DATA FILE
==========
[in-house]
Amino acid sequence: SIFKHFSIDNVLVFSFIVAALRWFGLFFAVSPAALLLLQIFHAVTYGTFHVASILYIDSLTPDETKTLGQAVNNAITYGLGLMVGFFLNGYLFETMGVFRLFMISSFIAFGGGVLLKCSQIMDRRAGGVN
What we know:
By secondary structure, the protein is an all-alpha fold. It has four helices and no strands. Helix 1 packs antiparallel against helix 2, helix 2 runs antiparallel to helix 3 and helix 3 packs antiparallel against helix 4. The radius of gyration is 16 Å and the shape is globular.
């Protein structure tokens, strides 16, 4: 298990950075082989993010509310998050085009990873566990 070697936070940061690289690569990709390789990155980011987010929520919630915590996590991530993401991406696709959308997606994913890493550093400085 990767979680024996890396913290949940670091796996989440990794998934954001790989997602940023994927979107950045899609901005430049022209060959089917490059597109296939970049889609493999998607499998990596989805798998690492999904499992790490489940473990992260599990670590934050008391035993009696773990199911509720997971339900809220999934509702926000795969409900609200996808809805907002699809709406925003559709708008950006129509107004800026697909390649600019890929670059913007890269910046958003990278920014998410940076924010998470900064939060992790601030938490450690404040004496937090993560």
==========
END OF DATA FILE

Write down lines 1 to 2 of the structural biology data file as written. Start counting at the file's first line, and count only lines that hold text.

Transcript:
[in-house]
Amino acid sequence: SIFKHFSIDNVLVFSFIVAALRWFGLFFAVSPAALLLLQIFHAVTYGTFHVASILYIDSLTPDETKTLGQAVNNAITYGLGLMVGFFLNGYLFETMGVFRLFMISSFIAFGGGVLLKCSQIMDRRAGGVN